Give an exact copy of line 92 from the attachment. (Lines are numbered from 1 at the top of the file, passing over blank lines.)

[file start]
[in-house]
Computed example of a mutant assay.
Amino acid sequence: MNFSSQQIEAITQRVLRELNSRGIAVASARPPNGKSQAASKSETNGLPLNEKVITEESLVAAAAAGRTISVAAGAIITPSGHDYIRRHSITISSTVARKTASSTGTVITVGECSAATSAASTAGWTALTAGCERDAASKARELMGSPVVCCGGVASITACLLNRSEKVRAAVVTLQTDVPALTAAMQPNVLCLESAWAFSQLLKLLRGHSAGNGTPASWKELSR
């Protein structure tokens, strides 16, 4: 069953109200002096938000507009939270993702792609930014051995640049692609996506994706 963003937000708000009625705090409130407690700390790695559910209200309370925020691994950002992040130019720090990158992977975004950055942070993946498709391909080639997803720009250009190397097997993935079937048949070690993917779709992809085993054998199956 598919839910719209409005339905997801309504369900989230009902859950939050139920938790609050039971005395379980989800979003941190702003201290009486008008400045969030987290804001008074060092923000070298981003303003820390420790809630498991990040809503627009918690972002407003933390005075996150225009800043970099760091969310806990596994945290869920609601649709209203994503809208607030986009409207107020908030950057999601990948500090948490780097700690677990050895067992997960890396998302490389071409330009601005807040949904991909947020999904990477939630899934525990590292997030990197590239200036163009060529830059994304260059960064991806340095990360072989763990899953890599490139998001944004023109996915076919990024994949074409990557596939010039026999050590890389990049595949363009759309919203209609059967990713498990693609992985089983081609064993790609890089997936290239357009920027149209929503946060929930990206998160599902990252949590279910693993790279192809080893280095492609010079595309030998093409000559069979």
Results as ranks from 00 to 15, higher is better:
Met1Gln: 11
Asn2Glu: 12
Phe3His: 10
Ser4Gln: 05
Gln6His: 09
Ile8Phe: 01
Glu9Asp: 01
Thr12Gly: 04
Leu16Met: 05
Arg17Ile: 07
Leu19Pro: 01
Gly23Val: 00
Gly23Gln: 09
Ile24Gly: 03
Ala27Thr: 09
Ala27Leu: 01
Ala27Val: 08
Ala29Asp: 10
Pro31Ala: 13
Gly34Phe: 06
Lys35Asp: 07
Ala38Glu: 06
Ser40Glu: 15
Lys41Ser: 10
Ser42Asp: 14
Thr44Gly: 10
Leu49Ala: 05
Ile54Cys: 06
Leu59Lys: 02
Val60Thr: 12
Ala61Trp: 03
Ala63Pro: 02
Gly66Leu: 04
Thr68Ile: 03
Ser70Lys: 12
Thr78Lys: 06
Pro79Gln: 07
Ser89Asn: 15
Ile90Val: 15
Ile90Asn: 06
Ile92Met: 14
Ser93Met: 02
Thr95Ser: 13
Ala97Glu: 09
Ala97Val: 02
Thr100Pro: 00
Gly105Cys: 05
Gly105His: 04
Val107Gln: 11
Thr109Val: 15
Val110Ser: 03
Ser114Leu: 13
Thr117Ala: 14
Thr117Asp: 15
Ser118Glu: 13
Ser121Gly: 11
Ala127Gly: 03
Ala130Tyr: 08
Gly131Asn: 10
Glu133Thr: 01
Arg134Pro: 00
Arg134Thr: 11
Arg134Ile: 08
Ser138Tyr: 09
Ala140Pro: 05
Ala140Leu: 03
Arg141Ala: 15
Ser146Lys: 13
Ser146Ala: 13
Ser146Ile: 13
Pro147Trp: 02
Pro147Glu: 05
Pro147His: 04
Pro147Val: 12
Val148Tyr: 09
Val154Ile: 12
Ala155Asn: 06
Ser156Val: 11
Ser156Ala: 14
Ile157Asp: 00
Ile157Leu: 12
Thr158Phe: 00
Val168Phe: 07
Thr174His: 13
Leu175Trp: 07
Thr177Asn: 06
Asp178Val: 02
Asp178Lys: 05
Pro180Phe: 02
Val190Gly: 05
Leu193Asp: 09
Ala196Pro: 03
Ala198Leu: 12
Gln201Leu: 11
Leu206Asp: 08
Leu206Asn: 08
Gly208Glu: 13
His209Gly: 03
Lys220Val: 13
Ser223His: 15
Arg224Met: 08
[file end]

Asp178Val: 02